Westjet Airlines

Westjet Airlines is a company you are probably very familiar with, and have used a number of times if you live in Canada. It started out as a more affordable alternative to Air Canada and has since grown into Canada's second largest airline, with flights to Europe, the Caribbean and many destinations in the United States. The company has been characterized by public generosity initiatives including this past year's Christmas Miracle that gave back to residents affected by the Fort McMurray wildfires. This is important to consider, as it shows management that cares about real people, which can do wonders for brand loyalty and public perception. During that same time, Air Canada was put under the gun when there was supposed price gouging during the wildfire, the business impact of which may never be fully understood with travellers announcing on social media their boycott of Air Canada.

Being based in western Canada, Westjet's stock price has tumbled from over $30 to just over $20 due to their usage for flying people for oil-related work whether it be to Fort McMurray or Calgary. However, with oil prices finding support at $50 and a deal announced back in September with Suncor that sees 100 weekly flights, I think the next year or two for Westjet looks promising. Finally, Westjet's expansion into intercontinental flights to London last year did not start out smoothly, with major delays causing Westjet to reimburse a huge number of passengers as per European regulations. But, those flights have since gone a lot better, and I can personally say that when I used Westjet to fly to London in September, there were no delays or issues. Westjet's interest in expanding into further long-haul routes could be a very strategic and beneficial expansion.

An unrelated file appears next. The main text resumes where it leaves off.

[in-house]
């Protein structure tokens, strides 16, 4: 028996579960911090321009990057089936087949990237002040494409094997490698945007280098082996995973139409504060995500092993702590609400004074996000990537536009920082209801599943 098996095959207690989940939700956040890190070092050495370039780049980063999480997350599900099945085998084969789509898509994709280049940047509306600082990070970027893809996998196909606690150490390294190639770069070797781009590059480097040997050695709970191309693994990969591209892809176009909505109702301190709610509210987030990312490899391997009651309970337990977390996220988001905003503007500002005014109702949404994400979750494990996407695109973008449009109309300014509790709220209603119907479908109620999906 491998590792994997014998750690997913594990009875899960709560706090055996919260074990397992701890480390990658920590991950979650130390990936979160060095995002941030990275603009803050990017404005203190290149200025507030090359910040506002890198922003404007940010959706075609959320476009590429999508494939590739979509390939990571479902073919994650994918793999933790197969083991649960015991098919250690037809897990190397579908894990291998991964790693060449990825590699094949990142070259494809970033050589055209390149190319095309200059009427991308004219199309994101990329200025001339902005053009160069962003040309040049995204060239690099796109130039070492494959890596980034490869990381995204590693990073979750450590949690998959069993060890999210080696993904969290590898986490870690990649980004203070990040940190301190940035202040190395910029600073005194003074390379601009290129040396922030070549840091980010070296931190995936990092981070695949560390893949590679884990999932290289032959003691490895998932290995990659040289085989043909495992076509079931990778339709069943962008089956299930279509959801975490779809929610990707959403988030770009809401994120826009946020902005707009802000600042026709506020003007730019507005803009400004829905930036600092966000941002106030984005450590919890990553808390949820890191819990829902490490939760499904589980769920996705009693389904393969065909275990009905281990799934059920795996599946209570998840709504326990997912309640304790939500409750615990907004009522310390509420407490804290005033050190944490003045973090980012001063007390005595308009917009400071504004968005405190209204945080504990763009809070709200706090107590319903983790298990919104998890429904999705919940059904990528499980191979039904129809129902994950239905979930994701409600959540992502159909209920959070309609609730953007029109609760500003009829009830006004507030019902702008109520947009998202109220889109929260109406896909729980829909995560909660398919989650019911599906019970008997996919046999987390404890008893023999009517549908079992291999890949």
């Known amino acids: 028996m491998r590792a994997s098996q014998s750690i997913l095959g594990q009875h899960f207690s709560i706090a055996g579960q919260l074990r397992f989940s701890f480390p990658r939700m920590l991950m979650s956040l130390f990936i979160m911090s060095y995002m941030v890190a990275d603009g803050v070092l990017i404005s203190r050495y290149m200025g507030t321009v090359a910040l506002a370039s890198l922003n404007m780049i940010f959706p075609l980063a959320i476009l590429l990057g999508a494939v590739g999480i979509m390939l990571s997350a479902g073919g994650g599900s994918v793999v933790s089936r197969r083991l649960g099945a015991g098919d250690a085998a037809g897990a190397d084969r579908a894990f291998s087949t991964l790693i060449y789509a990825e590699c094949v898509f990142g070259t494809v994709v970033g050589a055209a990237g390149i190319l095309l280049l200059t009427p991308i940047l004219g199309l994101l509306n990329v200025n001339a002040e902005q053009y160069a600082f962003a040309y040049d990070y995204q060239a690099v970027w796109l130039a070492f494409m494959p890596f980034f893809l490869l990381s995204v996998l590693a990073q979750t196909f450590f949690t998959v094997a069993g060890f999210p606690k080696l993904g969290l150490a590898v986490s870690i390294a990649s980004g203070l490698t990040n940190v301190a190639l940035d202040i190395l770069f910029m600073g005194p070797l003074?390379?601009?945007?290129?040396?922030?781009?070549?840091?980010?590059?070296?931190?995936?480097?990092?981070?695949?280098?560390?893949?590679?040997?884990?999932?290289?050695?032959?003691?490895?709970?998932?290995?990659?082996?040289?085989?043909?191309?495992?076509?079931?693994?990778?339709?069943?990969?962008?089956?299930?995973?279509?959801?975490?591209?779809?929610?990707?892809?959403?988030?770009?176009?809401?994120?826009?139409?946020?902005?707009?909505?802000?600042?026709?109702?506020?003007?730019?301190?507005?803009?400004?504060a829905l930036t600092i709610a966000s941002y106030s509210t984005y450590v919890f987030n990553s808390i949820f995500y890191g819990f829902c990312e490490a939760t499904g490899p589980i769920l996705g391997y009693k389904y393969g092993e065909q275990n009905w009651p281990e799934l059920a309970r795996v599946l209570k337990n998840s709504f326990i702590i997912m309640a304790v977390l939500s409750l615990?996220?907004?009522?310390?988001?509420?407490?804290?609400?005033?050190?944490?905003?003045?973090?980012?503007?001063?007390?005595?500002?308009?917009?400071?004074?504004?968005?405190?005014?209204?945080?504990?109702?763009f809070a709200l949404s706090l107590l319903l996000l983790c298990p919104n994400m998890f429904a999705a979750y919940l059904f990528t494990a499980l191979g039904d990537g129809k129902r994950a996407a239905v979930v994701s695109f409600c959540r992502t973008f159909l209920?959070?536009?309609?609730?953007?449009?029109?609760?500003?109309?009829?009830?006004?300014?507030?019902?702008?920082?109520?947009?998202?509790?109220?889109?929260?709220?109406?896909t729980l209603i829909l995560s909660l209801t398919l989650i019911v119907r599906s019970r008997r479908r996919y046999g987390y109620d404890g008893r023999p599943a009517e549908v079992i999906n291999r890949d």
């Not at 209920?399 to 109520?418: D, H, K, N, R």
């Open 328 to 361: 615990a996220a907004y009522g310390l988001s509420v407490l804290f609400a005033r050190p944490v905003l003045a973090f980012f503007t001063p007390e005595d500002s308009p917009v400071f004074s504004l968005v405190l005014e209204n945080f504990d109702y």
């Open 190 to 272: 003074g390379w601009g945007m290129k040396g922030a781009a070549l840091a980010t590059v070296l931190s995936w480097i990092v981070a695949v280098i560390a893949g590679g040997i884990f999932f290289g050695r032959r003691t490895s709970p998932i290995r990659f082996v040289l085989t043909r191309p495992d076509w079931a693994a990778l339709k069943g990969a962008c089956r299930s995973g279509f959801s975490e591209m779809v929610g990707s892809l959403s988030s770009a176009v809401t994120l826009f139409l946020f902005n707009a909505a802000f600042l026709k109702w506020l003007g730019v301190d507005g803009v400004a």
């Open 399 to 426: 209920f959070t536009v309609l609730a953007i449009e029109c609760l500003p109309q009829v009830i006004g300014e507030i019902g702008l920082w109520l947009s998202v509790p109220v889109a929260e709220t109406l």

In terms of current financials, I like Westjet as they have been very stable, and don't have the ridiculous debt that Air Canada has (debt is equal to 99% of Air Canada's assets). The current PE ratio is a low 9.1, which is still lower than the historical average of 11, giving it room for more than 20% upside before it could be called "fair value." And due to that discount, you are getting a dividend of 2.59%, which has been growing every year in the last 5 years except last year, understandably. Heavy capital spending in recent years of close to a billion dollars a year point towards a strong future, as well. At a closing price of $22.18 per share, you get a decent dividend and great growth prospects at a sale price in an industry that even Warren Buffett has invested in recently.